Tuesday, September 01, 2009

J2EE Application Server Windows Vs. Linux Benchmark

Old debt of mine since my last post almost two years ago while comparing performance of Oracle Application Server, which is a J2EE Server, running on Windows and on Linux.

I won't post the full document which is about 30 pages but I will summarize things as OAS / IAS is deprecated after Oracle acquired BEA WebLogic Application Server.

To the point - we have build a Java simple application doing few things:
  1. I/O test:
    Reading a file located on the system disk (server side) and displaying its contents to the client.
  2. DB test:
    Executing query to an Oracle DB and displaying the result to the client.
  3. HTML test:
    Simple HTML page containing some text an few images in different sizes.
  4. Memory Leak test:
    Memory leak, by adding objects to the session and not releasing them.
We used HP's Load Runner and run some users doing each of the above actions, each action in a separate test.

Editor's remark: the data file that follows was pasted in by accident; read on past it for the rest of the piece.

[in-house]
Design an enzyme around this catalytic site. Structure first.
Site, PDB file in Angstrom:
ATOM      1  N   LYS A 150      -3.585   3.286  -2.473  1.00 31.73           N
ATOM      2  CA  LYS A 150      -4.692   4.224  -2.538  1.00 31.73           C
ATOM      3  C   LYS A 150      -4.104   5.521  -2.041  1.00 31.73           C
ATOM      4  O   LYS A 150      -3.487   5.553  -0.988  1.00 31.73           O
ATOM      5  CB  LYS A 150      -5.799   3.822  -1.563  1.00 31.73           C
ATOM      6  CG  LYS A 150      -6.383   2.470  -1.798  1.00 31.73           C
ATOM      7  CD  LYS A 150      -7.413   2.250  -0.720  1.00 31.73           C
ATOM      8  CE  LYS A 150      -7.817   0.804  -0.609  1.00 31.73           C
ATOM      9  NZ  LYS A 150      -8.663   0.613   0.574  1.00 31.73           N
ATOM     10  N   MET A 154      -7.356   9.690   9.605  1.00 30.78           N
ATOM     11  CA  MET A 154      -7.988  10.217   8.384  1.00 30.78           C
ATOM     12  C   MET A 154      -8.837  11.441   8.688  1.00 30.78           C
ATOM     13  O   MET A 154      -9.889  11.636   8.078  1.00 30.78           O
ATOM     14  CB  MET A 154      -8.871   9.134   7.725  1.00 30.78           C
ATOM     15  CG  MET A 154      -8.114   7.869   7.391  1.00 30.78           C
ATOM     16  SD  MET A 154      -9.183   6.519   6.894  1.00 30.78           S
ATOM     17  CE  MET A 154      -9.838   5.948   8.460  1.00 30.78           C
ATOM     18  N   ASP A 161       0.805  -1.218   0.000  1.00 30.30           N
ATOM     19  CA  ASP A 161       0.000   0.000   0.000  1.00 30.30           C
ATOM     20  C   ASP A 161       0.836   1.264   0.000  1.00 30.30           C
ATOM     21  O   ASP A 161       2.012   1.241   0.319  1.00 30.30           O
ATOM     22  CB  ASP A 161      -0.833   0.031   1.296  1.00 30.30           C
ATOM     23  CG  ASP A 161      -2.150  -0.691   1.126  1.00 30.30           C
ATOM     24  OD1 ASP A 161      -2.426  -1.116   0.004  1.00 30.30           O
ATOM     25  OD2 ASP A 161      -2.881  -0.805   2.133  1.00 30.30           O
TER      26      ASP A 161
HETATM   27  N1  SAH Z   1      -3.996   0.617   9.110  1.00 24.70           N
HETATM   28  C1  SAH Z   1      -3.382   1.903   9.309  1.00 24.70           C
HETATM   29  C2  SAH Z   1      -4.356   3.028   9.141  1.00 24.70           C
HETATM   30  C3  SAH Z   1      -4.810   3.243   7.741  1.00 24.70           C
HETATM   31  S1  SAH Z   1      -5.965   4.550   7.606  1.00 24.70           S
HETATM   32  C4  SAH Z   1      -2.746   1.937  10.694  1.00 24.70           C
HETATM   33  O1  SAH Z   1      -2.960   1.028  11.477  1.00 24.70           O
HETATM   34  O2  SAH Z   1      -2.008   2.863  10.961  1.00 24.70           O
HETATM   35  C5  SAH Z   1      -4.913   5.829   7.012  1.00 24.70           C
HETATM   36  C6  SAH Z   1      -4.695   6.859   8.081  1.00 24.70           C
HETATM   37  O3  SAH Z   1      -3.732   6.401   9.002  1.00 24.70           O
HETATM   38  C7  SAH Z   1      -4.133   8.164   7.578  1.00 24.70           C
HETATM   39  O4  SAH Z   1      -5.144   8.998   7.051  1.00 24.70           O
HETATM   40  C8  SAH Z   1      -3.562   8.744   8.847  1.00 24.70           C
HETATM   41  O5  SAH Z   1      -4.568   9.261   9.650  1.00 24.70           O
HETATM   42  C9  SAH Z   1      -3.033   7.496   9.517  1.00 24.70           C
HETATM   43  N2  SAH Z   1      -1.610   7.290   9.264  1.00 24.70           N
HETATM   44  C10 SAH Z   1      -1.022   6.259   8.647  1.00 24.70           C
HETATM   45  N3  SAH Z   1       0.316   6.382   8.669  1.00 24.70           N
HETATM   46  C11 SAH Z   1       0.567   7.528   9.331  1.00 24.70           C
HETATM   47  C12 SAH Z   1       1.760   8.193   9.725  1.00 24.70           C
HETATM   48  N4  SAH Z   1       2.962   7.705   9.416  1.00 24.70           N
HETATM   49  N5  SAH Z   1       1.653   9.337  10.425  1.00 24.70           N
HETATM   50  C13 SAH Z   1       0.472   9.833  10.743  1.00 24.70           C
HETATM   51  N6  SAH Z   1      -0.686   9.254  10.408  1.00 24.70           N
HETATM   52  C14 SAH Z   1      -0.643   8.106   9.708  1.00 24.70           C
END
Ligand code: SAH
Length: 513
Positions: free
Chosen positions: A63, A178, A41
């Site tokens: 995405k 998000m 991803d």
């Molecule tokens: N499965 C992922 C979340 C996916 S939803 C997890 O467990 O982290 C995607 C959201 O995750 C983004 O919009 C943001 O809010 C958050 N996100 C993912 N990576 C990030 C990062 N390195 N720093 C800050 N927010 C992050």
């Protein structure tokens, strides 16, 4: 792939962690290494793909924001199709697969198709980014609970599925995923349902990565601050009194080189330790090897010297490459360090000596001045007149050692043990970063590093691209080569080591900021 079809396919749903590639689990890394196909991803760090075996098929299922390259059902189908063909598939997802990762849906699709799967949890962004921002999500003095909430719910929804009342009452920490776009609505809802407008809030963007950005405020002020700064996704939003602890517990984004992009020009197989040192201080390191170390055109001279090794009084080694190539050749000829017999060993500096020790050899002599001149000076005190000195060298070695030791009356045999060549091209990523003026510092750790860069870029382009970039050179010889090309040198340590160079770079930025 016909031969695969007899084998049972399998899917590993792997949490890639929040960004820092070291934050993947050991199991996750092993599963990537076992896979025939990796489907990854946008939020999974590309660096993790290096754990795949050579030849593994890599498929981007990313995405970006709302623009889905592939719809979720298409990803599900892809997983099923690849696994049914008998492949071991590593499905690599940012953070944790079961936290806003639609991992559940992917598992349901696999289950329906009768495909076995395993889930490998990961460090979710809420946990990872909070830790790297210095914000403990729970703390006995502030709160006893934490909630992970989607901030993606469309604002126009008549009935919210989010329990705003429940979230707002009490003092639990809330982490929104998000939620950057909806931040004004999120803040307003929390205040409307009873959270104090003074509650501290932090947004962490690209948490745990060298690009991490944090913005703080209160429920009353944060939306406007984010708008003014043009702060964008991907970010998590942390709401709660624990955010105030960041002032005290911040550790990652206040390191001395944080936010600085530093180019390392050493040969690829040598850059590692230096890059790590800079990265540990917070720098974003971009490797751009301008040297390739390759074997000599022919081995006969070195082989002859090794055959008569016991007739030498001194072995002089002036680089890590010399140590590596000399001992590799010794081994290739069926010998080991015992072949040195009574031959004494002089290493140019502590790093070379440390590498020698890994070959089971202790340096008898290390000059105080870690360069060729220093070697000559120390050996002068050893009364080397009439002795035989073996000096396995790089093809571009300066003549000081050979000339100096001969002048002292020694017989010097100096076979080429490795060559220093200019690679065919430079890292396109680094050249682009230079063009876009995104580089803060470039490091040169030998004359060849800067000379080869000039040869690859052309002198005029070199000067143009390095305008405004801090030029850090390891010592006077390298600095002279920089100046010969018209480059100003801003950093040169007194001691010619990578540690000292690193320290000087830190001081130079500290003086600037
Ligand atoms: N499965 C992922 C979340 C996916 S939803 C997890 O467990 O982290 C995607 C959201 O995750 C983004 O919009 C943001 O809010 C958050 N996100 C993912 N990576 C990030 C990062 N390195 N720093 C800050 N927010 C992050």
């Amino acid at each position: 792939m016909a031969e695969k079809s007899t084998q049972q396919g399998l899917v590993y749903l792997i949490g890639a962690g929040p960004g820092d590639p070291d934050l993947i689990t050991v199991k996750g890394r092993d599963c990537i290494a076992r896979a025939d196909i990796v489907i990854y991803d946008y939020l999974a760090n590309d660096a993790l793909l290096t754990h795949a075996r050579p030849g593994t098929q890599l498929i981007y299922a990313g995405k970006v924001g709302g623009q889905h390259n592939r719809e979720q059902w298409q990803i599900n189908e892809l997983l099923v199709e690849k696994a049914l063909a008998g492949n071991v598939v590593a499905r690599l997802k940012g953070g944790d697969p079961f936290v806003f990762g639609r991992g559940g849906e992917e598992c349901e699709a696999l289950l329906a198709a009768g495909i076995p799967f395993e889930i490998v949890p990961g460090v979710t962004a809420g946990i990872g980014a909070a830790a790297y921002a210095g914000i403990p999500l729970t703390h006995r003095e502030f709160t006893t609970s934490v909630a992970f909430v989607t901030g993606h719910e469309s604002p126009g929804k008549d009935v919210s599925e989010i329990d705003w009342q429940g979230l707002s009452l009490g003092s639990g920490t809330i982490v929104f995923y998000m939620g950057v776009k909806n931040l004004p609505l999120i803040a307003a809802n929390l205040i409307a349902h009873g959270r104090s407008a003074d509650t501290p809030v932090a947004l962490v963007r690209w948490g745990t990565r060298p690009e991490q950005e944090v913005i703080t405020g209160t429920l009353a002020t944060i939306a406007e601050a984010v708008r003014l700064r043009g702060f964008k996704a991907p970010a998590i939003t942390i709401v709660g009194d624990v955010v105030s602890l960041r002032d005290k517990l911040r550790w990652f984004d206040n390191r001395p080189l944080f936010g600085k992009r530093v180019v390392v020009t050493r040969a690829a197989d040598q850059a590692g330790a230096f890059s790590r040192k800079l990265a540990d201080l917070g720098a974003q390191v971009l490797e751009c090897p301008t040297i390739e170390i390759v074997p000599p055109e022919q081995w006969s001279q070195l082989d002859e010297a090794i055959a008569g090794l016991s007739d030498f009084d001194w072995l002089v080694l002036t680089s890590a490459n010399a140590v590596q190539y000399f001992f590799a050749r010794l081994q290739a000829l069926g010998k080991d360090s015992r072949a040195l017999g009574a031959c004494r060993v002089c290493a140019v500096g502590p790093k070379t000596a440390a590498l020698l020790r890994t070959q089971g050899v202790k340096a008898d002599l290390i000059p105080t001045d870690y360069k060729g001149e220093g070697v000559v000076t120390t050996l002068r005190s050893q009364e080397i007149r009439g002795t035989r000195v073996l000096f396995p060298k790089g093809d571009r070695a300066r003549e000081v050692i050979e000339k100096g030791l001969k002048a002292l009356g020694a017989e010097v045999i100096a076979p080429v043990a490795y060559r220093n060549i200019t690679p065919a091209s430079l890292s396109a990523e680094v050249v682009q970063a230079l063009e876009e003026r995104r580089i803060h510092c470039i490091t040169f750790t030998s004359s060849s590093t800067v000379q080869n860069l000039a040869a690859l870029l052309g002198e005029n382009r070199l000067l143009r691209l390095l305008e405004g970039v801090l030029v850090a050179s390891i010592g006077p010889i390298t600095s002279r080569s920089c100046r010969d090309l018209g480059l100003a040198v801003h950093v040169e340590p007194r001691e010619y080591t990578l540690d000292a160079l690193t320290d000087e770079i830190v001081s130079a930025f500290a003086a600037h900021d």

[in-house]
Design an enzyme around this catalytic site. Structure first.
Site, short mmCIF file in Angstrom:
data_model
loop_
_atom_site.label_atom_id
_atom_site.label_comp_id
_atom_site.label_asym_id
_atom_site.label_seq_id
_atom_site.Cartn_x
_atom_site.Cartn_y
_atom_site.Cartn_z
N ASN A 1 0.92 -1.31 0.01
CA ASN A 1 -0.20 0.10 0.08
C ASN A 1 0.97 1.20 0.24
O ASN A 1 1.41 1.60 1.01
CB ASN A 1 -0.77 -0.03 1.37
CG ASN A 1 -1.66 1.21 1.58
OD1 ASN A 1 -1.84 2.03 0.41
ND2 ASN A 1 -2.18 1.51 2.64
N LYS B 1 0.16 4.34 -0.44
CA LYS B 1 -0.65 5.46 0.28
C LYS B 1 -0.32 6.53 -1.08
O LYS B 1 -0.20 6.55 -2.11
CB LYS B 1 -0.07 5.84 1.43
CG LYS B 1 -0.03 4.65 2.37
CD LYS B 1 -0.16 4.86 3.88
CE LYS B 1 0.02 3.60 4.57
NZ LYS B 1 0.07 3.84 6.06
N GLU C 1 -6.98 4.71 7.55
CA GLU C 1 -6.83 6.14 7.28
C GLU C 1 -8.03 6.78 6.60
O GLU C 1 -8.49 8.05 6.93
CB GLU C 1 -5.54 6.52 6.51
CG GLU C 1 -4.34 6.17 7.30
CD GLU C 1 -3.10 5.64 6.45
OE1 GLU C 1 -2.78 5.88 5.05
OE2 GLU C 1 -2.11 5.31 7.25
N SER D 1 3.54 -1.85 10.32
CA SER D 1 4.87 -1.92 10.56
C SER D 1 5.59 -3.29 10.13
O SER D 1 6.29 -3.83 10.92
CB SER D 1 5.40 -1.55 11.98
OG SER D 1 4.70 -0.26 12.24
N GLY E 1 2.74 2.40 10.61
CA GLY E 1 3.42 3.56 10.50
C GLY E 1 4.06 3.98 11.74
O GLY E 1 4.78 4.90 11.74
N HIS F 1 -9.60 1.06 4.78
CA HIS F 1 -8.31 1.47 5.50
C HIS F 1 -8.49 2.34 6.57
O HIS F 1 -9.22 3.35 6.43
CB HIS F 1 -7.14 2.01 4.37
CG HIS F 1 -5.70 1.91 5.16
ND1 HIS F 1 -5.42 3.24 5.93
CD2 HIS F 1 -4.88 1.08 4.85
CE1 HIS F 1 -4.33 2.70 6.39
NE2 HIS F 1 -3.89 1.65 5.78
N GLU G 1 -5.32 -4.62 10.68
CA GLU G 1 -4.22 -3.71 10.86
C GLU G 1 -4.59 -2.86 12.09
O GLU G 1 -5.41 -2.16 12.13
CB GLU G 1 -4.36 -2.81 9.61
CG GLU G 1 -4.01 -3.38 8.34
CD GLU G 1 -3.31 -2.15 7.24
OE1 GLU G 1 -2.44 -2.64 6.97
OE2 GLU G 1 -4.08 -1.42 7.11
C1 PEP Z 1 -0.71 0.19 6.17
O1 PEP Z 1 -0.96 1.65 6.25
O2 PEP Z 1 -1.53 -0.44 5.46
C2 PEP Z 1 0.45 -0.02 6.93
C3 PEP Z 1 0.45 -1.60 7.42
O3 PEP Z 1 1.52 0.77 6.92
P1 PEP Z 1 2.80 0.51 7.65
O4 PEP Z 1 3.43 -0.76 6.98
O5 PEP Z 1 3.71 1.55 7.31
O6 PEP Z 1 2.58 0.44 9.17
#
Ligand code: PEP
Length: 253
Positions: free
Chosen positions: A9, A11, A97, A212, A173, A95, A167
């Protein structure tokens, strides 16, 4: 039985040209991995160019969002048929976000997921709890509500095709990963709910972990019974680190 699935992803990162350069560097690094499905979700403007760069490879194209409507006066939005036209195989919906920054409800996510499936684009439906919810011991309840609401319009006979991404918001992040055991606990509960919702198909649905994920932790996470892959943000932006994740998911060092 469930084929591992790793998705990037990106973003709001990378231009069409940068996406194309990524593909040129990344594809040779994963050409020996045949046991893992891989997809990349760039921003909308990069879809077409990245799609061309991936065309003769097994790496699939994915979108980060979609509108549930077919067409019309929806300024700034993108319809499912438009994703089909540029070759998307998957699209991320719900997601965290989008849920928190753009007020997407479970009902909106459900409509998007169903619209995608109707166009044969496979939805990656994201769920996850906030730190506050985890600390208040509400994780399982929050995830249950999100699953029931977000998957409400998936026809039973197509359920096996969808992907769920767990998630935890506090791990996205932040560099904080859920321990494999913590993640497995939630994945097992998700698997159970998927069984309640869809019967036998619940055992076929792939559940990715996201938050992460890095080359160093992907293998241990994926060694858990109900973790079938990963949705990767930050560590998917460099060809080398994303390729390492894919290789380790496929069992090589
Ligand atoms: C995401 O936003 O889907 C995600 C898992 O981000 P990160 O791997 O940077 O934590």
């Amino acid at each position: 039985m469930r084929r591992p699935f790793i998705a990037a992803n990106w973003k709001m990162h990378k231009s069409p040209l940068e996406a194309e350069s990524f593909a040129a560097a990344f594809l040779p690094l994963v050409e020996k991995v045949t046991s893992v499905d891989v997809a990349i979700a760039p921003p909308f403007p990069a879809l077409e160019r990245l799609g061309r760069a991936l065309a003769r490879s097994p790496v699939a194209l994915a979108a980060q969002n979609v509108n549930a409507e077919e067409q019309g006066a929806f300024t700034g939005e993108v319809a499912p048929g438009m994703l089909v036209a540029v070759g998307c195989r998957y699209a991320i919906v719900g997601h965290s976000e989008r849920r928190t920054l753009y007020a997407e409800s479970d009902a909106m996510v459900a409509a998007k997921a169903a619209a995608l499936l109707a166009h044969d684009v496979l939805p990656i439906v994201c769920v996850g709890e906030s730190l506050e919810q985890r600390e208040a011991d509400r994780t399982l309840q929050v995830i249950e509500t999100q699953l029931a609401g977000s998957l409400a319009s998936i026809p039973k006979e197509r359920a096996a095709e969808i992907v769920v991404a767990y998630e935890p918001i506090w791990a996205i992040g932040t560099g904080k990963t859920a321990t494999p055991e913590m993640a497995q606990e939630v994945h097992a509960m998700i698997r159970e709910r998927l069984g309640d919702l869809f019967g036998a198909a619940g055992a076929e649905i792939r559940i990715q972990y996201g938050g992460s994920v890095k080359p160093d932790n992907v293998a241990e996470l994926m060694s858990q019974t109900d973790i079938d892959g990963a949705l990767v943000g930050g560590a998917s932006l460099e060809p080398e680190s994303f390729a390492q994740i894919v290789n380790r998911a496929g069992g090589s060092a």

At first we found that Windows and Linux (JVM) crushed and fail-back in the exact same manner when dealing with the Memory leak scenario.
The same with the queries to Oracle DB scenario (bottle-neck was with [UPDATE LATER]).

HTML test was the first time we finally got different results.
After adjusting the Apache.conf few times we got an amazing result,
Windows-based server couldn't keep up with over 300 concurrent users (bottle-neck was CPU) while in the exact same scenario Linux-based server got 1000 concurrent users (and CPU was less then 75%) !

Encouraged with our last results we continue to the last test, I/O test.
We found that Linux can handle requests much faster when parsing the exact same file with the same amount of concurrent users.

Our final conclusion is that J2EE performance is far better on Linux env rather than on Winodws env. It is extremely obvious with the HTML test (which is actually not J2EE) that Apache on Linux can handle four-times throughput than on Windows.

Feel free to ask for more information if you feel something is missing.